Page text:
During our almost hour-long talk he mentioned several times that Daedalic had the rights to the books and that they have tried to stay as close to the stories available as possible. Sure, they have added characters that are not from Tolkien’s pen and they will have fleshed out the gaps in some chapters of The Lord of the Rings but his claim is that he and Tilman as well as everyone else involved in this project made sure this is something they hope will please both die-hard fans as well as gamers not knowledgeable about Middle-earth.
On occasion someone popped in with a quick question on what to share with the French?, for example, and everytime my interviewee had to wink and nudge to make sure I did not listen in on any special details that may have been given away to some but not all – and certainly not to someone who would immediately be able to tell what it would be all about from the point of view of Tolkien’s writings.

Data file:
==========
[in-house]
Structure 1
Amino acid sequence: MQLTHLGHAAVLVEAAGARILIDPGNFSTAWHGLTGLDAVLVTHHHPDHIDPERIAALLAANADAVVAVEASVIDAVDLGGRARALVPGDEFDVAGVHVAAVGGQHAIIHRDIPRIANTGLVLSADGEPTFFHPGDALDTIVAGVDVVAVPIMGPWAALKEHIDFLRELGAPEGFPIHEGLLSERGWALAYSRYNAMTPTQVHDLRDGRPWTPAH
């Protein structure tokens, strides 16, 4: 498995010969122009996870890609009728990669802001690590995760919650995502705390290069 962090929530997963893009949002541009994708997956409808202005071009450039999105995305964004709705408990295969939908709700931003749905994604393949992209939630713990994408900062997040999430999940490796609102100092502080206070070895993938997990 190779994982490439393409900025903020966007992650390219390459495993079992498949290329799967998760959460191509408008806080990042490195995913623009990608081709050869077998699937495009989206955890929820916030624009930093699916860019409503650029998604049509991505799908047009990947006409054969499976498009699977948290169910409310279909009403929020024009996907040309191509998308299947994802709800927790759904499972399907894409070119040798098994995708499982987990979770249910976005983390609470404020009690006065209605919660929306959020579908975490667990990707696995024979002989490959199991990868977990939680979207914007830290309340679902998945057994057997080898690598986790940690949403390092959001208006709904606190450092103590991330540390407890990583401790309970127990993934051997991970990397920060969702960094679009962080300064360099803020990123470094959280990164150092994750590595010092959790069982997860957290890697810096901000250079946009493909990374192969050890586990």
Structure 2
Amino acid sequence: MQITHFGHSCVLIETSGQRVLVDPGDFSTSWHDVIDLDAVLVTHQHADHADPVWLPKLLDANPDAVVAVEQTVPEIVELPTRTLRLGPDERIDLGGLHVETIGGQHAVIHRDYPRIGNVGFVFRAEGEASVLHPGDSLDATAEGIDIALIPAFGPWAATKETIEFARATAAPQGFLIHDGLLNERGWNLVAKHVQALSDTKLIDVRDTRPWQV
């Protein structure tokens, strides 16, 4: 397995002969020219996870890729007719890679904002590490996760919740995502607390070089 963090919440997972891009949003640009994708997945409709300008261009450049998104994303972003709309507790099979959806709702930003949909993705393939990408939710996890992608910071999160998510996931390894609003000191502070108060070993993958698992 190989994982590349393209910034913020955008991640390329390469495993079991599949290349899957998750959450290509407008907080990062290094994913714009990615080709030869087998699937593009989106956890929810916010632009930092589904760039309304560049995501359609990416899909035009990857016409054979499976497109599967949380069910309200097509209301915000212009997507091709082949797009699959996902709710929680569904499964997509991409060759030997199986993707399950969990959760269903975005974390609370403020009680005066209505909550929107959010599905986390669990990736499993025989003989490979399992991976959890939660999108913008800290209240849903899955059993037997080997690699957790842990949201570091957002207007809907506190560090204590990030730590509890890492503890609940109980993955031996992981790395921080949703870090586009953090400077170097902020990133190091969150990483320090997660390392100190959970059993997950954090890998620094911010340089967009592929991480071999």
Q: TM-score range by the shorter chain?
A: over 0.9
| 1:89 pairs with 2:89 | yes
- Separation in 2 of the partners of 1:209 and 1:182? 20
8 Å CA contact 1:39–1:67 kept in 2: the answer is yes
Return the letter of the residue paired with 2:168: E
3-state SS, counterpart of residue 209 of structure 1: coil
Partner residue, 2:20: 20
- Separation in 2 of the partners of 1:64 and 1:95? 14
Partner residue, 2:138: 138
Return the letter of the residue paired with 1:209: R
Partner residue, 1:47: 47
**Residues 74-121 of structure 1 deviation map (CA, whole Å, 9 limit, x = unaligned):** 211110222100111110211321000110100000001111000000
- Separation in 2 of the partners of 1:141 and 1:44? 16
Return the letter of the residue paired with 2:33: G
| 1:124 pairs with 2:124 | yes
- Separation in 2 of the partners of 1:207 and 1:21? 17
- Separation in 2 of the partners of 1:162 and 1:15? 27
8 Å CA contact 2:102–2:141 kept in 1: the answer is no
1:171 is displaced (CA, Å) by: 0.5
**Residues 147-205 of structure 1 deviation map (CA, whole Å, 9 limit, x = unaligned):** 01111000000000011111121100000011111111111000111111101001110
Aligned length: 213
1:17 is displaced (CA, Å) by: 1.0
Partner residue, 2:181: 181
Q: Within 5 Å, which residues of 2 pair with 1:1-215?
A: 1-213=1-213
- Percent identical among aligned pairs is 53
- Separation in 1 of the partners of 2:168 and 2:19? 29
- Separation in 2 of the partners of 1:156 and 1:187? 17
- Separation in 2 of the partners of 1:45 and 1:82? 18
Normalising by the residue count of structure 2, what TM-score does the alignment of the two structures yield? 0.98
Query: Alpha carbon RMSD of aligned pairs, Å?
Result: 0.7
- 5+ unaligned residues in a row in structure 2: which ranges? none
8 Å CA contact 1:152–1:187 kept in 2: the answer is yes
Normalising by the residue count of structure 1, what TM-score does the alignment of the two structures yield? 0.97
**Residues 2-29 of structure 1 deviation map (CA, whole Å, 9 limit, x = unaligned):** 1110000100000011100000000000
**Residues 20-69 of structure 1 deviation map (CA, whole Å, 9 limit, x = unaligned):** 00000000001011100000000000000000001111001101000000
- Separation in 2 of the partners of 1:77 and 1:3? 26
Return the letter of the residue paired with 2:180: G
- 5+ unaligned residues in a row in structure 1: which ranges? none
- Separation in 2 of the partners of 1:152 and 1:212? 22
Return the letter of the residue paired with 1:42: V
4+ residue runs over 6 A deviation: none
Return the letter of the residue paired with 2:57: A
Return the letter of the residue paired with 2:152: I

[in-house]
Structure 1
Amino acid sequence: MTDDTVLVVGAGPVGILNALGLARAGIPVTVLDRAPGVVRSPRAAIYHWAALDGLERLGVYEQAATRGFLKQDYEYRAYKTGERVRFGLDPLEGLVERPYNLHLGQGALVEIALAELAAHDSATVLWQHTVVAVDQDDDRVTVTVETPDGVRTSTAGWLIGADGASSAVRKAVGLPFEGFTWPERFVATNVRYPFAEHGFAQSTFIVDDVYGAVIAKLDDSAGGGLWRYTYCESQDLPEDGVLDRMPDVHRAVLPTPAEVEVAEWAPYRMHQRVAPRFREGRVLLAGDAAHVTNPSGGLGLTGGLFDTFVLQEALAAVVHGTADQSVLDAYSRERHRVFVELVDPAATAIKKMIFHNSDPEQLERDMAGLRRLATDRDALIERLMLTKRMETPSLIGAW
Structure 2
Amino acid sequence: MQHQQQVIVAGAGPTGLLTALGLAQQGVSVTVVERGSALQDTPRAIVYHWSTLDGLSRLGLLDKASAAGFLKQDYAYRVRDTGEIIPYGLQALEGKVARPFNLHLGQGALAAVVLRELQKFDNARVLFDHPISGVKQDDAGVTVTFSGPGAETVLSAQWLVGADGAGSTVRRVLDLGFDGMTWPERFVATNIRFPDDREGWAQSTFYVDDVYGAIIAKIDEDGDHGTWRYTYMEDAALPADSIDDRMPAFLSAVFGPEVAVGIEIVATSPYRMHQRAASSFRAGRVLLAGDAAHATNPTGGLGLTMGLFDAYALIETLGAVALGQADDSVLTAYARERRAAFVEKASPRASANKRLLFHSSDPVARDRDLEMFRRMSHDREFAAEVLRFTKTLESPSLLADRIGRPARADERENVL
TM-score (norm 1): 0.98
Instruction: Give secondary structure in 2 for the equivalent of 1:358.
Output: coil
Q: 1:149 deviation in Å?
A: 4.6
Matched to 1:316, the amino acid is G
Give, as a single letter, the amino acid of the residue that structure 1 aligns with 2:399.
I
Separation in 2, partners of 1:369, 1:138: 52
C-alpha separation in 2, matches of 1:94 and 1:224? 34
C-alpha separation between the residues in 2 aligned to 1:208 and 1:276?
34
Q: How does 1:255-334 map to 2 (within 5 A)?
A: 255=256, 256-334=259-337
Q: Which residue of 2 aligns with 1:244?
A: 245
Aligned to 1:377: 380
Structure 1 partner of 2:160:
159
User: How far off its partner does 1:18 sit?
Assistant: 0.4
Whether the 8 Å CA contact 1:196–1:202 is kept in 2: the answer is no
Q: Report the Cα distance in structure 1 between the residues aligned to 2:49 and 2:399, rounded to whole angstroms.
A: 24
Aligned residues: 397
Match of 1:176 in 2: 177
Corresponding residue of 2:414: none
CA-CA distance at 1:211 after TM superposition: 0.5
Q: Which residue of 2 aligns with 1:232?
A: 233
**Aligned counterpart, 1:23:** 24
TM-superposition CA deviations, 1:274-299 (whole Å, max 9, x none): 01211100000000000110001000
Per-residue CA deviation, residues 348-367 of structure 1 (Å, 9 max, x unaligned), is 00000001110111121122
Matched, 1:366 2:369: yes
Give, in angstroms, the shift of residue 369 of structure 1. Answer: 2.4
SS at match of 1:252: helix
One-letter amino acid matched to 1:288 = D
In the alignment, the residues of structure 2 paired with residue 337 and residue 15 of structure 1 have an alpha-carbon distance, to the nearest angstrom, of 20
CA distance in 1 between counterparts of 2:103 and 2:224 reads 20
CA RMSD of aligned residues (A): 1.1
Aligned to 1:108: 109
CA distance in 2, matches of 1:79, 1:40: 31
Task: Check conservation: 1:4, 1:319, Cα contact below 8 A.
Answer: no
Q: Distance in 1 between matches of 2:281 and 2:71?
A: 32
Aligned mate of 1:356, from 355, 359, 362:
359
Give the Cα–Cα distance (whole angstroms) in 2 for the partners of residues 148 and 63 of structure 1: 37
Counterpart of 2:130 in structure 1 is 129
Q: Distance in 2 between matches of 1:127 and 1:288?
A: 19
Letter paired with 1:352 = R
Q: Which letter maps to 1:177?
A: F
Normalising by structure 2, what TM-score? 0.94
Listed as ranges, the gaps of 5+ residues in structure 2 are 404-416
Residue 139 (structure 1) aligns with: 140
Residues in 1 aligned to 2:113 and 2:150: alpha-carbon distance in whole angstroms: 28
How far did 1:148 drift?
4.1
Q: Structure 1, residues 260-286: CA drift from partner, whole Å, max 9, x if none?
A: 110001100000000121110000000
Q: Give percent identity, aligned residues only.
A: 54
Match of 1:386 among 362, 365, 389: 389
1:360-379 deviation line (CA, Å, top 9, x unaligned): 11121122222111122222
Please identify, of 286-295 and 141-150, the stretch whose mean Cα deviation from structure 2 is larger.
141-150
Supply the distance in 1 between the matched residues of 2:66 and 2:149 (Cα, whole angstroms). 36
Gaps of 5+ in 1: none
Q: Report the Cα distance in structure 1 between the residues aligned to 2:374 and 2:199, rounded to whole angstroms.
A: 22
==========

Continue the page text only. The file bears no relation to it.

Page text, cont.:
This is going to be an adventure, telling the story of how Gollum finally left his cave in the Misty Mountains and set to retrieve his precious and quite a bit of time will be spent in places we have heard of but never really seen from the inside – Barad-dûr and the Halls of the Elvenking in Mirkwood come to mind. You will start about eight years before the War of the Ring and will see what Gollum lived through, will learn with him, talk to some of the most important characters in these stories.
I also happen to know when the game will end but not how and why… but that is for you to find out.
After most of the event had wound down Damiri and I took a stroll outside and talked a little more about the game.
And I am now really, really curious to finally get to play Lord of the Rings: Gollum.
Thanks very much to Daedalic Entertainment for having me, it was definitely worth travelling thirteen hours by train 😄
[According to German law I have to notify you that this is an unpaid ad.]